Not a lot of money. Playing 80 games. But it was a start. Well, I had a very good year in Toledo. I finished second in our team in scoring. And was voted the Outstanding Born American. All set and ready to sign with the New York Rangers. Well, John Ferguson, who was the general manager, he ended up getting fired. And Fred Sherrow now became the general manager of the New York Rangers. And Fred Sherrow told my agent that they weren't signing any of John Ferguson's players and Mike was free to do what he wanted to do. Well, I thought, why don't I go back to Toledo? Play as an amateur and have an opportunity to try out for the 80 Olympic team.

It's funny. If John Ferguson never got fired, I probably would have signed with the New York Rangers. Don't know where my NHL career would have gone, but clearly, I would not have been eligible to play on the Olympic team. Well, with that in mind, I go back to Toledo. I was fortunate that next year they gave me a little more money to play.

Still nowhere near what you could make of it. Still nowhere near what you could make playing in the NHL. But I went back there with the intention of the next year trying out for the Olympic team. And I got invited to the Olympic festival. Ended up playing on the Great Lakes team.

We ended up winning the gold medal at the Olympic festival. And I was fortunate to be elected captain of my team. Well, from the Olympic festival, I was selected by Herb as one of 26 players to make the 80 Olympic team. But only 20 were going to go to Lake Placid.

Well, fortunately for me, I was one of 20. I also had the honor of being elected captain of that team. Although I've said many times, we had a team of captains, Mark Johnson, Jack O'Callaghan, Bobby Souter, Billy Baker, Kenny Morrow, Mark Wells, Mark Pavlich, John Harrington. These guys were all captains of their colleges, our high school teams, as was Mike Ramsey, Neil Bronten, Eric Strobel, Steve Kristof, Phil Vercotta.

Great leaders, great players, great people. Well, our team traveled and trained for six months leading up to the Olympic games in Lake Placid, where we were part of something that was unique, something that nobody in the world thought we could accomplish going to Lake Placid and winning an Olympic gold medal. Well, after the Olympic games, once we saw and realized what this moment was, I retired from hockey and decided I was going to maybe get into coaching and then found out how big this moment was and kind of gave me a new look on life. And a lot of different opportunities in my life, I ended up being able to become a broadcaster working Olympic games as a commentator. Having been a commentator with the Olympic games, I was also able to do the New York Rangers, the New Jersey Devils, and eventually even college hockey. Well, I got out of the broadcasting business when my kids started to get a little older. I have three children, a daughter, Leanne, a son, Michael, and a son, Paul.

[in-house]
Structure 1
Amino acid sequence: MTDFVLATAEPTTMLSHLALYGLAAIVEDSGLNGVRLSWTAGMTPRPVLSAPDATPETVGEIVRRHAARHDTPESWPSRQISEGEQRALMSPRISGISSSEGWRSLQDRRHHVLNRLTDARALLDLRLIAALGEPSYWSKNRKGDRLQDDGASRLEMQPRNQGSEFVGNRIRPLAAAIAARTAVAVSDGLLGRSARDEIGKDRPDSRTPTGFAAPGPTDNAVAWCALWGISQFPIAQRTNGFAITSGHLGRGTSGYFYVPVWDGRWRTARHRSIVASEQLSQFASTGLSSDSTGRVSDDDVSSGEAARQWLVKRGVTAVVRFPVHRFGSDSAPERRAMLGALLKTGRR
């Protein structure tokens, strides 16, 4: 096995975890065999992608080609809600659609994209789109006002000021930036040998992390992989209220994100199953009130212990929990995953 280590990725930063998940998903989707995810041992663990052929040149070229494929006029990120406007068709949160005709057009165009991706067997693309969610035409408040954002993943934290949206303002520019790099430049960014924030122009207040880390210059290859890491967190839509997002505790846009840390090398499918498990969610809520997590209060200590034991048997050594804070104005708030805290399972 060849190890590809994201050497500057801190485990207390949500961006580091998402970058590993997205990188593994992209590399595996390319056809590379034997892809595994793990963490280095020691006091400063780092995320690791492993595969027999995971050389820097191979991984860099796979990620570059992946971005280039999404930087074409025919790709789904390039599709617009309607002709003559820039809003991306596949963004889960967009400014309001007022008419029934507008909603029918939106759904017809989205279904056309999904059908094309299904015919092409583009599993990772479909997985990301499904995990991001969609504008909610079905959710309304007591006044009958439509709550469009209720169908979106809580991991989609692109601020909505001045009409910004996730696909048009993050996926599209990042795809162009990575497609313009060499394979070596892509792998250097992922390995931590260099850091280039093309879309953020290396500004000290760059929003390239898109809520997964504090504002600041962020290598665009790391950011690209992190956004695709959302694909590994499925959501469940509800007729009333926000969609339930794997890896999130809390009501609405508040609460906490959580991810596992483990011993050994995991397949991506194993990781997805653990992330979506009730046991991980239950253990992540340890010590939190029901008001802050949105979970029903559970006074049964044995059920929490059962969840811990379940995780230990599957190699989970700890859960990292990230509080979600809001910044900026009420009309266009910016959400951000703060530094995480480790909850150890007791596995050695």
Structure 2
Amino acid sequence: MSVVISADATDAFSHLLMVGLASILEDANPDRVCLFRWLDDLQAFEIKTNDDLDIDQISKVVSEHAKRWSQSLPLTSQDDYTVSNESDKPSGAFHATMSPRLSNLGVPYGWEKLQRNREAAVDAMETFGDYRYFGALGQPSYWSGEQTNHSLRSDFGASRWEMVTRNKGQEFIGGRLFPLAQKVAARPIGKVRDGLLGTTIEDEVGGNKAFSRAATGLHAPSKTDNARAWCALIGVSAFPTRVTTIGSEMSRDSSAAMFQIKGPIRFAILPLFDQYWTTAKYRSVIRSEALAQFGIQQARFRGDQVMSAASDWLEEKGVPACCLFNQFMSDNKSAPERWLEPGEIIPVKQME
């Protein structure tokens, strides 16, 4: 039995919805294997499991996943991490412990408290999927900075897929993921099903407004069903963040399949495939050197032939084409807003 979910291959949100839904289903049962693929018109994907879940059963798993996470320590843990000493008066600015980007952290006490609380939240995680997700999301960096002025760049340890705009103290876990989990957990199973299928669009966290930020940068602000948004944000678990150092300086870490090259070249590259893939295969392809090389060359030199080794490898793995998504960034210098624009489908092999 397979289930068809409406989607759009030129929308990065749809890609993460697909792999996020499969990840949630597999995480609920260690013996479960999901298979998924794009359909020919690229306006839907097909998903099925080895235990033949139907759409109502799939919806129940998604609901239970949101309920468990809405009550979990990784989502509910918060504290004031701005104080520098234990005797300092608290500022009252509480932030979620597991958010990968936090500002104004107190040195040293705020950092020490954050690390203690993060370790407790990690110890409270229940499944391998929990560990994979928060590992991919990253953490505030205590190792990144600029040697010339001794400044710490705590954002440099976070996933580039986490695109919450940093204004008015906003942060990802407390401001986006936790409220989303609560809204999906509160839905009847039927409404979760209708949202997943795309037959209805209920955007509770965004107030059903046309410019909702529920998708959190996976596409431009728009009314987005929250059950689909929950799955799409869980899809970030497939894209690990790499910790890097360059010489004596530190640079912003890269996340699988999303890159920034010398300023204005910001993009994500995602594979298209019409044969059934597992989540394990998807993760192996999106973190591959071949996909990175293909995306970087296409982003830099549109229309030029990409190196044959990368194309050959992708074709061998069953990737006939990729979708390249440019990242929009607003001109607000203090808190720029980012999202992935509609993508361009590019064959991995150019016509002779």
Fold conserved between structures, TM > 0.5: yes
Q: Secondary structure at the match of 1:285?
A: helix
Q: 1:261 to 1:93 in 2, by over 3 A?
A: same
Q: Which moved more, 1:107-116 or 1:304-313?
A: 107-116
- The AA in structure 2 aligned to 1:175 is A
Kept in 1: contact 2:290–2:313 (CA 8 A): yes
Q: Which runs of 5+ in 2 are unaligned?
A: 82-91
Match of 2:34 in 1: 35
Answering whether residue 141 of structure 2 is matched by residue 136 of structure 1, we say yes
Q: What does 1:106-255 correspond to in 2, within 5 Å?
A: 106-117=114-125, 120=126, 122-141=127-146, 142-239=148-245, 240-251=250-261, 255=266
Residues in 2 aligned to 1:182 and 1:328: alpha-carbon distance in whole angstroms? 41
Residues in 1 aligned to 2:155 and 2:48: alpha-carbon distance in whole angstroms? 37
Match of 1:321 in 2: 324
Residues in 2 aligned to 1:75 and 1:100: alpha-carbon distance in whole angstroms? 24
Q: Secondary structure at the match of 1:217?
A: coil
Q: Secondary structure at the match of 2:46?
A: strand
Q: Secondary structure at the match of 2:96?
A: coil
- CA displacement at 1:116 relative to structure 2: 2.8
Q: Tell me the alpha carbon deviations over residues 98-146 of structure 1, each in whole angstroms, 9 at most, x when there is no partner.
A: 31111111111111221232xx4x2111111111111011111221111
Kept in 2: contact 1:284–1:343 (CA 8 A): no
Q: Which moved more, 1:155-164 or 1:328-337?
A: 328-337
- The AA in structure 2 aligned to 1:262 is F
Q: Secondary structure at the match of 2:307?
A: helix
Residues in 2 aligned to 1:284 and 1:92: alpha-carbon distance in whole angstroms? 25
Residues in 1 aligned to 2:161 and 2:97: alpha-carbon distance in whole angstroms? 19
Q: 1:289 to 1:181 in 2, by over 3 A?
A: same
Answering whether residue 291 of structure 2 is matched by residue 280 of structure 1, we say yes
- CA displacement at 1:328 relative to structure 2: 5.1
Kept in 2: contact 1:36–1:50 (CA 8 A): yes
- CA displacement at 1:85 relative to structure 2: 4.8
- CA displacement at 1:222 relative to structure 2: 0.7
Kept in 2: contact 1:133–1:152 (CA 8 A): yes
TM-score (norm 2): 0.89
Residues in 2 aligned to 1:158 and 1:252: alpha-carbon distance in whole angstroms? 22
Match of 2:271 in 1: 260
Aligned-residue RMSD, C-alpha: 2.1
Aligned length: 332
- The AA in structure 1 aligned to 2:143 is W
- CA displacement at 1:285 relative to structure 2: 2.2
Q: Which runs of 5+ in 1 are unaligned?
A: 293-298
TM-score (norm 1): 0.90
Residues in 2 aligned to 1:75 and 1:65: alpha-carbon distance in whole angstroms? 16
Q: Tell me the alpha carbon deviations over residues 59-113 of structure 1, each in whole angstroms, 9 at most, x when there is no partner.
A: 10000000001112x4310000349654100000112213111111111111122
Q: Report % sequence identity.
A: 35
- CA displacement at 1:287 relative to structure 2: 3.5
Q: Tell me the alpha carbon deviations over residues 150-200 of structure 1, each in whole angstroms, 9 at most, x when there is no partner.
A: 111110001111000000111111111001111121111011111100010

Since then, the two of them, Michael and Leanne, have been married and have now beautiful five grandchildren, four boys and a little girl. So what started out in my high school days, living in the same town that I live in now, the opportunity to be in the Olympic team, the movie that came out called Miracle, the visibility that our team has received over the years, led me to what, which is a book that I wrote along with a gentleman by the name of Neil Baudette. And the book is The Making of a Miracle, the untold story of Olympic captain, Mike Eruzione.

I wrote the book for one reason and one reason only. I want my grandkids to know there is more to my life than two weeks in Lake Placid. So our journey as a team, which started in 1980, since our victory over Finland. And it's kind of funny for me because today people still think we only played one game and they forget about the Finland game. They just think we beat the Soviets and that was it. Our team in 1980 touched a lot of lives for a lot of different reasons.

For us, it was an opportunity to represent our country, compete in the Olympic games with the hope and dreams of winning the tournament. And as it turned out, we did. So rather than get into my whole life talking to you here, I thought I'd give you just a little glimpse of some of the things that have happened to me in my life. Thank you. And the humility, you can hear it in his voice.

Guy just doesn't really want to talk about it. In the age of selfies and endless self-promotion, that is a rare thing. And by the way, that he was captain on a team of captains tells you everything about the guy's character. And lucky Boston University, having a guy like this teaching and leading other men and women.

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Whisper: medium.en / 2023-10-03 09:29:56 / 2023-10-03 09:35:58 / 6